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From: Ian McCulloch (ianmcc_at_[hidden])
Date: 2005-11-24 19:29:42

Robert Ramey wrote:

> Ian McCulloch wrote:
>> Besides, is the boost iostreams library really much slower than a
>> hand-coded buffer?
> I'm pretty confident that its much, much slower, but this will remain
> in dispute until someone runs the code with a profiler.

Or do a benchmark of writing N items into a iostreams buffer versus N items
into a trivial buffer. I actually just tried this, and the difference was
a factor 2 for both in-cache and out-of-cache. g++ 3.4.4, AMD64.

For out-of-cache, the iostreams was a factor 7 slower than a memcpy(), and
the trivial buffer was factor 3.4 slower. For in-cache, the iostreams was
a factor 30 slower than a memcpy() and the trivial buffer was a factor 15
slower. Benchmark code attached. This was the first time I used
boost::iostreams so I am not sure if I did it correctly. I used a
stream<back_insert_device<vector<unsigned char> > >, and the write() member

>> Anyway, this is a side issue. The main point is:
>> David Abrahams wrote:
>>> ,----
>>> | For many archive formats and common datatypes there exist APIs
>>> | that can quickly read or write contiguous sequences of those
>>> types | all at once (**). Reading or writing such a sequence by
>>> | separately reading or writing each element (as the serialization
>>> | library currently does) can be an order of magnitude more
>>> | expensive.
>>> `----
> Sorry - that's NOT the main point.
> The main point is - do enhancement for special cases have to be
> incorporated into the the core code so that everybody else
> is obligated to use it? What are the advantages and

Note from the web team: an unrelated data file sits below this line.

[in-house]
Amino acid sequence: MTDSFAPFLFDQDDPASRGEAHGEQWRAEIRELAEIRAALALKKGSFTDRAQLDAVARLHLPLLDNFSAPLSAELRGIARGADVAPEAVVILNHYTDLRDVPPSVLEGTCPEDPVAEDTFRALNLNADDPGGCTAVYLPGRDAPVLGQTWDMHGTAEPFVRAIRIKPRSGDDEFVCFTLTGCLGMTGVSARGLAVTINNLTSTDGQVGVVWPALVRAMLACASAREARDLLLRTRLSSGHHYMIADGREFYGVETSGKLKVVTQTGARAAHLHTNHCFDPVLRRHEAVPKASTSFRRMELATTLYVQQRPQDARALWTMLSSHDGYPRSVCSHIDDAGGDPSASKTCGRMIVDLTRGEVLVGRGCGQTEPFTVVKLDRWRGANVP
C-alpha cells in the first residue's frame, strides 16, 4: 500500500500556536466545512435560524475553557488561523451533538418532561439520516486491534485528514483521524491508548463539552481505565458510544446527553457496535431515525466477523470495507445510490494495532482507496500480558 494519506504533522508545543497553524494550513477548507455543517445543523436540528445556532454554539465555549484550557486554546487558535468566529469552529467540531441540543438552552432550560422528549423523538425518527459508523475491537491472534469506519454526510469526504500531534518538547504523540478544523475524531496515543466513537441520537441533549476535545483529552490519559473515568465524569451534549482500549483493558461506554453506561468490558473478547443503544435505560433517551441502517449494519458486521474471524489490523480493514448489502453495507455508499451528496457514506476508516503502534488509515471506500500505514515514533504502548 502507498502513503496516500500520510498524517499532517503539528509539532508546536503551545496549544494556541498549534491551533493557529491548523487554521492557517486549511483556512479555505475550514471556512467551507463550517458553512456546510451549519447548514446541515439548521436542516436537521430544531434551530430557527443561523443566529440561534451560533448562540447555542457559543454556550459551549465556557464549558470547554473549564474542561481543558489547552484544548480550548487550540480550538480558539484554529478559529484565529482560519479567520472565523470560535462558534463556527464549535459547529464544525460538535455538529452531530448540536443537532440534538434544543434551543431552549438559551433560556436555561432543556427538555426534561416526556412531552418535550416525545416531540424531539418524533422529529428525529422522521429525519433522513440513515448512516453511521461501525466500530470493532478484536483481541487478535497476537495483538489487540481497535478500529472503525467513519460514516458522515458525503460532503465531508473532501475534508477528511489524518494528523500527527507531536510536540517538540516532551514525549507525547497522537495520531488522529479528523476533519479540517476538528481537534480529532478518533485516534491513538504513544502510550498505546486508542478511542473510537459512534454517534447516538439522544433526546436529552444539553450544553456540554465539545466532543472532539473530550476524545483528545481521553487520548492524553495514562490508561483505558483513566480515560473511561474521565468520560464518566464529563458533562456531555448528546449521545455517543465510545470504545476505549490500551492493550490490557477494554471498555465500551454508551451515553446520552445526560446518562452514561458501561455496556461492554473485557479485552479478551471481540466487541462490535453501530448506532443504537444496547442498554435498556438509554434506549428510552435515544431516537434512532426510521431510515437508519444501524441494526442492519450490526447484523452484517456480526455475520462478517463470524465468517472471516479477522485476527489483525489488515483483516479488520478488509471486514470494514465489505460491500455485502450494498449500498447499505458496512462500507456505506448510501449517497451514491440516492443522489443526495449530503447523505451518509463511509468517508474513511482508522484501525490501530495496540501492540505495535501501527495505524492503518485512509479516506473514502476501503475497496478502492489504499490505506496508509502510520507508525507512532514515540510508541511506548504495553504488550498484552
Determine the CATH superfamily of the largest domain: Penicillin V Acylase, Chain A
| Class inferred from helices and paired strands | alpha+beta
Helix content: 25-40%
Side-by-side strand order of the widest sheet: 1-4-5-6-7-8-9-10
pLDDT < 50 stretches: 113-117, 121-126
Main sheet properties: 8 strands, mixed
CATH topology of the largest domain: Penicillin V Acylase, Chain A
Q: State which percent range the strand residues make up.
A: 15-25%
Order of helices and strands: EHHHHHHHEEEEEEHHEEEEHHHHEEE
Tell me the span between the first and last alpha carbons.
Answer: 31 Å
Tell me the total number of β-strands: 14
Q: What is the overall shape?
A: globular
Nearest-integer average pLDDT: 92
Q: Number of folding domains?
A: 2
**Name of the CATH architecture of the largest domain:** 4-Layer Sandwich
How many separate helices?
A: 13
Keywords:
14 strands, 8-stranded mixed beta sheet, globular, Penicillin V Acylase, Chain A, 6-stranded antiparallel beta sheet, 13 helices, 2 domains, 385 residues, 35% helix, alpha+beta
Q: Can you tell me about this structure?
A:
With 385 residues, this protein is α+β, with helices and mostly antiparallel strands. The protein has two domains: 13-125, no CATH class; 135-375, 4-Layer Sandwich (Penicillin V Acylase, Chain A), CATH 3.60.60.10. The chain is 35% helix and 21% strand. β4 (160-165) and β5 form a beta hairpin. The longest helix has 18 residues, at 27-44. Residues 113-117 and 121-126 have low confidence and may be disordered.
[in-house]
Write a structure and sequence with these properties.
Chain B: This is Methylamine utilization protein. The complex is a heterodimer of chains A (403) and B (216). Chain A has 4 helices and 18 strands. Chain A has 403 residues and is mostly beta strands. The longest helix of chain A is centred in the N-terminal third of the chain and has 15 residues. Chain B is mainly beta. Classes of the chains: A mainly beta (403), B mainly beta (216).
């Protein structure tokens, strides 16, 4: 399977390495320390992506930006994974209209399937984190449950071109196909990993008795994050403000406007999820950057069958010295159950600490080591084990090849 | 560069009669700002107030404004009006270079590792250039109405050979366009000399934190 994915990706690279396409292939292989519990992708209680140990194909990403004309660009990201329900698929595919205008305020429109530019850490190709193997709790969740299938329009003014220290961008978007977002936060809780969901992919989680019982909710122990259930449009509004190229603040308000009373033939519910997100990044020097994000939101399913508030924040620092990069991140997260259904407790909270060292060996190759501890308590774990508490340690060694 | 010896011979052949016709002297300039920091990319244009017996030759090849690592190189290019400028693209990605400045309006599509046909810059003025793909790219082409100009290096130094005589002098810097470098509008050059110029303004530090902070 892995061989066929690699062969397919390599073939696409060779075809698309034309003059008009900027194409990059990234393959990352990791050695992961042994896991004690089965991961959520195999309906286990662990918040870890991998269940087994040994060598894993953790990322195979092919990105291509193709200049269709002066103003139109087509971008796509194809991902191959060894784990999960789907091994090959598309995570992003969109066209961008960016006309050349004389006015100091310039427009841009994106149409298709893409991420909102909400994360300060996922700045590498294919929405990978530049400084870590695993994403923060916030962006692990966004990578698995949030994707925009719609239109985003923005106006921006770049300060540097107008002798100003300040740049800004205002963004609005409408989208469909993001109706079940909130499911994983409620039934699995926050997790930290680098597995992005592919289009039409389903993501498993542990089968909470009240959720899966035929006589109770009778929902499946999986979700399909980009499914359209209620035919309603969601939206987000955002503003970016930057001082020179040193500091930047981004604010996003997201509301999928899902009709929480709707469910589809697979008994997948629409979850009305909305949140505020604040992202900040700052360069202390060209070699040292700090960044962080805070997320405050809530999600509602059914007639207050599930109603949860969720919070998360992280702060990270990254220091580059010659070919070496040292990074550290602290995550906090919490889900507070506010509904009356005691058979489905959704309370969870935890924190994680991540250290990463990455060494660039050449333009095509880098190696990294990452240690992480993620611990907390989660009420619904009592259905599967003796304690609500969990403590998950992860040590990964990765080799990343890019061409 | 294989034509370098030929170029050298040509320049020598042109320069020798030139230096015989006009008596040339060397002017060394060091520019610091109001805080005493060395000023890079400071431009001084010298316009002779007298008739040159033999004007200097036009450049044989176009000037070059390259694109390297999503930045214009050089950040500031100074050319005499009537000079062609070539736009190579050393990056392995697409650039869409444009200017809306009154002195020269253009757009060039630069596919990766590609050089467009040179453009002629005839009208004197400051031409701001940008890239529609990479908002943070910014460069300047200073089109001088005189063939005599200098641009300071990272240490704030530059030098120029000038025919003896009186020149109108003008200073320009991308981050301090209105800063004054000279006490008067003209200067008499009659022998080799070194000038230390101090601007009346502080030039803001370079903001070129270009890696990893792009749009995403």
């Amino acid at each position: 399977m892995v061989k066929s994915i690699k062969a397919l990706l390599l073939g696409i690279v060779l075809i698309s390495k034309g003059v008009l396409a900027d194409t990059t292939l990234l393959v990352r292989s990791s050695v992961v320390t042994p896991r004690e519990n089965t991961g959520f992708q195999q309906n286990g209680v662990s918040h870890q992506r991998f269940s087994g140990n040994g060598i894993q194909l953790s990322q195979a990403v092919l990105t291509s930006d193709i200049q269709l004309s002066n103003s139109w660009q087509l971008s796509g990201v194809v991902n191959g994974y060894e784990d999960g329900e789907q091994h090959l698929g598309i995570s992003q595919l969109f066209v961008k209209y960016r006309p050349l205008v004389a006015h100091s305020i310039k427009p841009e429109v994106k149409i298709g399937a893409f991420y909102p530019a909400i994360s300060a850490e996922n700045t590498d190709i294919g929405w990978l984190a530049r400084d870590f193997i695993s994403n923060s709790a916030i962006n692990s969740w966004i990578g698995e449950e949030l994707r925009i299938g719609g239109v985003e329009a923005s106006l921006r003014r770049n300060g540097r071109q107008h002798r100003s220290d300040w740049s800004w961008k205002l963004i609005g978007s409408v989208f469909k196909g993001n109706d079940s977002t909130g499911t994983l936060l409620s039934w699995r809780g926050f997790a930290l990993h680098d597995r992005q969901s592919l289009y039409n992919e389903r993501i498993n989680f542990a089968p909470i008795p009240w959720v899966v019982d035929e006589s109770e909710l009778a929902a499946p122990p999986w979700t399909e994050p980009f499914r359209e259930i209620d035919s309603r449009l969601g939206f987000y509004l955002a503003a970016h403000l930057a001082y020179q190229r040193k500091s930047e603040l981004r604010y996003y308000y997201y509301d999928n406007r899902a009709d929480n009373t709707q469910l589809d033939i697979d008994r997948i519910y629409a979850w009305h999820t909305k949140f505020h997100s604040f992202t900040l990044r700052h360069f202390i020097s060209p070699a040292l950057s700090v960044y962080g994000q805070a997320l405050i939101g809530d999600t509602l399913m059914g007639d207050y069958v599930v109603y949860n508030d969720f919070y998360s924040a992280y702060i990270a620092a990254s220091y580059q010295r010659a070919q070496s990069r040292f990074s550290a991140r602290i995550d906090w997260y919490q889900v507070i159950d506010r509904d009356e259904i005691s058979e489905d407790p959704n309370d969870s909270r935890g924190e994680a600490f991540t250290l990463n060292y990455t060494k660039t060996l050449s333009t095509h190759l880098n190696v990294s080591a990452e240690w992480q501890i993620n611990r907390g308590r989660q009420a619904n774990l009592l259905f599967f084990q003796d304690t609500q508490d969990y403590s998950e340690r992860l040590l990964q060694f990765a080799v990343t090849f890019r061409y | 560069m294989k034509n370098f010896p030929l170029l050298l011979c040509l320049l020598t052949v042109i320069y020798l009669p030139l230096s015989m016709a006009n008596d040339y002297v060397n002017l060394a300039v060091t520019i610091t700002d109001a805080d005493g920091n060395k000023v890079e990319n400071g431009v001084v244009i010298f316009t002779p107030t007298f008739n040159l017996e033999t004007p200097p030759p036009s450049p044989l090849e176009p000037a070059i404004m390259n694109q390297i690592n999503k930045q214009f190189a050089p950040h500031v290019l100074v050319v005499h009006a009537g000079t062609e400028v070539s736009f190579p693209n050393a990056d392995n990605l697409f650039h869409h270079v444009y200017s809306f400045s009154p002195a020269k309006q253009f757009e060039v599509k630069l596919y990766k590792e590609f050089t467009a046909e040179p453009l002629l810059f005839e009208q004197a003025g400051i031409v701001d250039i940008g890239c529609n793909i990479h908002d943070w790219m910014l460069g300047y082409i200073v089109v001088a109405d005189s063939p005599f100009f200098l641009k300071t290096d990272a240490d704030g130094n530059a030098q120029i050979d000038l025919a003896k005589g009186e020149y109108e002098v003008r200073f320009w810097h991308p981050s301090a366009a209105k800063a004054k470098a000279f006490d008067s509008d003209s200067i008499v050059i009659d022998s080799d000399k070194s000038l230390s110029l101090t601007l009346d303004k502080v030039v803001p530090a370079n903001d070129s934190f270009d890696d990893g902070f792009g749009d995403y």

> disadvantages of doing so?

'Recommended' I can believe, but 'Obligated'? Why?

> No one is disputing that it desireable to be able to extend
> the library for these special circumstances.
>> If there is to be any possibility of targetting an archive to this
>> format, then array support is crucial.
> Then just make an archive which does it- what's stopping you?

None of the existing container serialization functions would make use of it,
and I have no desire to rewrite and maintain specialized versions of them.

This isn't just a specialized case applying to just a few archive types and
just a few user defined types. It is wide-ranging and applies a
potentially large number of archive types and a very large number of
serializable objects, including standard library components and existing
boost components.

Anyway, it is clear to me that my arguments are not helping in the
slightest, and the probability of convincing you that what we are trying to
do is both worthwhile but problematic without some form of array support in
the serialization lib appears to be zero. So I will not waste your time
and mine any further by continuing to post to this thread.


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